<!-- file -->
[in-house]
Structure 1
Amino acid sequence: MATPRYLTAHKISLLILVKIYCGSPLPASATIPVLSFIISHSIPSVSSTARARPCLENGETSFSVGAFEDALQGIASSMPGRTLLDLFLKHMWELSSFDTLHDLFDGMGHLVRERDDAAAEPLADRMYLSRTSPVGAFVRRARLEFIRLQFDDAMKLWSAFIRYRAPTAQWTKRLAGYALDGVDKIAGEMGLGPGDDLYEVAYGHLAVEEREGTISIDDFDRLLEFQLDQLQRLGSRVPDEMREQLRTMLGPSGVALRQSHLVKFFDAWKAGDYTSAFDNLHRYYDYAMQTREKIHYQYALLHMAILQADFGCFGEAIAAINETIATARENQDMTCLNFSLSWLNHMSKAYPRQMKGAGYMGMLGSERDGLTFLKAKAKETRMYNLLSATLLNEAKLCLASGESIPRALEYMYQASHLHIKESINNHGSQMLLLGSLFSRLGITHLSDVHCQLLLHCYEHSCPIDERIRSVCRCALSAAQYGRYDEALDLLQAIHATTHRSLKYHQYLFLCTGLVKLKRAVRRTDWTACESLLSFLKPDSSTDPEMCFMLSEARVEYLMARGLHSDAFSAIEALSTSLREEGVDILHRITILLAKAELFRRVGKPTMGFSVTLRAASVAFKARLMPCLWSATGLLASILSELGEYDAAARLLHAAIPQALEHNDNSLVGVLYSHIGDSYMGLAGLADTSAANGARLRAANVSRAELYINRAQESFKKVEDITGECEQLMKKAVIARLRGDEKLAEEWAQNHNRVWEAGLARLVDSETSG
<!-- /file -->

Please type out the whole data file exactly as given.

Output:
[in-house]
Structure 1
Amino acid sequence: MATPRYLTAHKISLLILVKIYCGSPLPASATIPVLSFIISHSIPSVSSTARARPCLENGETSFSVGAFEDALQGIASSMPGRTLLDLFLKHMWELSSFDTLHDLFDGMGHLVRERDDAAAEPLADRMYLSRTSPVGAFVRRARLEFIRLQFDDAMKLWSAFIRYRAPTAQWTKRLAGYALDGVDKIAGEMGLGPGDDLYEVAYGHLAVEEREGTISIDDFDRLLEFQLDQLQRLGSRVPDEMREQLRTMLGPSGVALRQSHLVKFFDAWKAGDYTSAFDNLHRYYDYAMQTREKIHYQYALLHMAILQADFGCFGEAIAAINETIATARENQDMTCLNFSLSWLNHMSKAYPRQMKGAGYMGMLGSERDGLTFLKAKAKETRMYNLLSATLLNEAKLCLASGESIPRALEYMYQASHLHIKESINNHGSQMLLLGSLFSRLGITHLSDVHCQLLLHCYEHSCPIDERIRSVCRCALSAAQYGRYDEALDLLQAIHATTHRSLKYHQYLFLCTGLVKLKRAVRRTDWTACESLLSFLKPDSSTDPEMCFMLSEARVEYLMARGLHSDAFSAIEALSTSLREEGVDILHRITILLAKAELFRRVGKPTMGFSVTLRAASVAFKARLMPCLWSATGLLASILSELGEYDAAARLLHAAIPQALEHNDNSLVGVLYSHIGDSYMGLAGLADTSAANGARLRAANVSRAELYINRAQESFKKVEDITGECEQLMKKAVIARLRGDEKLAEEWAQNHNRVWEAGLARLVDSETSG